A couple of months ago, I wrote about a discovery that has startling (and encouraging) implications for the search for extraterrestrial life -- that amino acids, the building blocks of proteins, are so easy to form abiotically that they are common even in interstellar dust clouds.
Well, because of my twin-brudda-from-anudda-mudda, the wonderful writer and blogger Andrew Butters, I found out that a new bit of research has shown that another piece of biochemistry -- RNA -- is equally easy to make in large quantities.
If anything, this is even more exciting to us aliens-in-space aficionados than the amino acid research was, because the model for the origins of life on Earth that is now virtually universally accepted is called "RNA world." The idea has been around since the early 1960s, and simply put, it's that the first nucleic acid type to form in the early oceans was not DNA, but RNA. At first this model met with considerable skepticism. One common criticism was that the only organisms that encode their genome as RNA are certain viruses (such as the common cold, flu, rabies, mumps, measles, hepatitis, and COVID-19); all other organisms encode their genomes as DNA. The second is that RNA has a tendency to be unstable. It's a single helix; the shape resembles a spiral with short spokes sticking out at angles along its length, and that open shape allows it to be attacked and broken down readily by solvents (including water).
Two subsequent discoveries tilted biochemists toward accepting the RNA world model. First, it was found that there are stable forms of RNA, such as transfer RNA, that are able to protect themselves from breakdown by having "hairpin loops" -- places where the helix doubles back and bonds to itself through complementary base-pairing, just like DNA has.
The second discovery was that RNA is autocatalytic -- pieces of RNA can actually feed back and speed up the reactions that form more RNA. DNA doesn't do this, which was a major stumbling block to figuring out how the first self-replicating DNA formed.
So most folks are convinced that RNA was the first genetic material, and that it was only superseded by DNA after first double-stranded RNA formed, and then there was a chemical alteration of the sugar in the backbone (deoxyribose for ribose) and one of the nitrogenous bases (thymine for uracil). But this only shoved the basic problem back one step. Okay, RNA came before DNA; but what made the RNA?
We've known for ages, because of the stupendous Miller-Urey experiment, that making nucleotides -- the building blocks of both RNA and DNA -- is easy in the abiotic conditions that existed on the early Earth. But how did link together into the long chains that form the structure of all functional RNA?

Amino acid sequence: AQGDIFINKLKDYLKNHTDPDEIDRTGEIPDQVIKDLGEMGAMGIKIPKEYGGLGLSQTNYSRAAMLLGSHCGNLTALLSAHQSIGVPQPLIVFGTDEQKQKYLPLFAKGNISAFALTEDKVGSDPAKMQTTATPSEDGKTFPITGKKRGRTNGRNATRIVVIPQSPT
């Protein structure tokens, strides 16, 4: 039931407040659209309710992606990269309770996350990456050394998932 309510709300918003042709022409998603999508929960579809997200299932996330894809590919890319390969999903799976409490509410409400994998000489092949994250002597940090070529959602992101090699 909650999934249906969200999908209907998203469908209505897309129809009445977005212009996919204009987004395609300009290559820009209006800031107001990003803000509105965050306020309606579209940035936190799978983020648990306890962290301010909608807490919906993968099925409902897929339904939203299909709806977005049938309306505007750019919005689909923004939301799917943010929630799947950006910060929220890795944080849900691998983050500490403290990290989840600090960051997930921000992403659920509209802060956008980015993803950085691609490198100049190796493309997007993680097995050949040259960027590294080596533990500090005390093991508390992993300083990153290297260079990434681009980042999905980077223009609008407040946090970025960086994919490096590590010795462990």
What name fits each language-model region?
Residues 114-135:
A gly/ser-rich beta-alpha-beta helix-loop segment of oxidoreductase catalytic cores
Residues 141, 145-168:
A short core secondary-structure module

The new research indicates that it's amazingly simple -- all you have to do is to take the solution of nucleotides, and allow it to percolate through the pores of one of the most common rocks on Earth -- basaltic volcanic glass.
This stuff is kind of everywhere. Not only is ninety percent of all volcanic rock on Earth made of basalt, it's also common on the two other rocky worlds we've studied -- the Moon and Mars. "Basaltic glass was everywhere on Earth at the time," said Stephen Mojzsis, of the Budapest Research Centre for Astronomy and Earth Sciences, who co-authored the study. "For several hundred million years after the Moon formed, frequent impacts coupled with abundant volcanism on the young planet formed molten basaltic lava, the source of the basalt glass. Impacts also evaporated water to give dry land, providing aquifers where RNA could have formed."
Basalt also contains two ions that the team showed were critical for forming the RNA nucleotides and then linking them together -- nickel and boron. The experiments they ran showed that all you had to do was pour the nucleotide slurry over the basaltic glass, and wait -- and voilà, in a day or two you had 100- to 200-subunit-long chains of RNA that look exactly like the kind you find in living things.
Given basalt's ubiquity on rocky planets, this makes it even more likely that there is life elsewhere in the universe, and that its biochemistry might have some striking overlap with ours. Exciting stuff.
So it looks like the quote from the wonderful movie Contact might well turn out to be prescient. "The universe is a pretty big place. It's bigger than anything anyone has ever dreamed of before. So if it's just us... seems like an awful waste of space."
Hello! Please note that Stephen Mojzsis (me!) is not with the Foundation for Applied Molecular Evolution. You conflate me with the excellent co-authors of this work who are (Biondi, Benner, etc.). Instead, I am with the Research Centre for Astronomy and Earth Sciences, in Budapest (Hungary). Best Regards, Stephen.ReplyDelete
Thank you for the correction! I will fix the error.Delete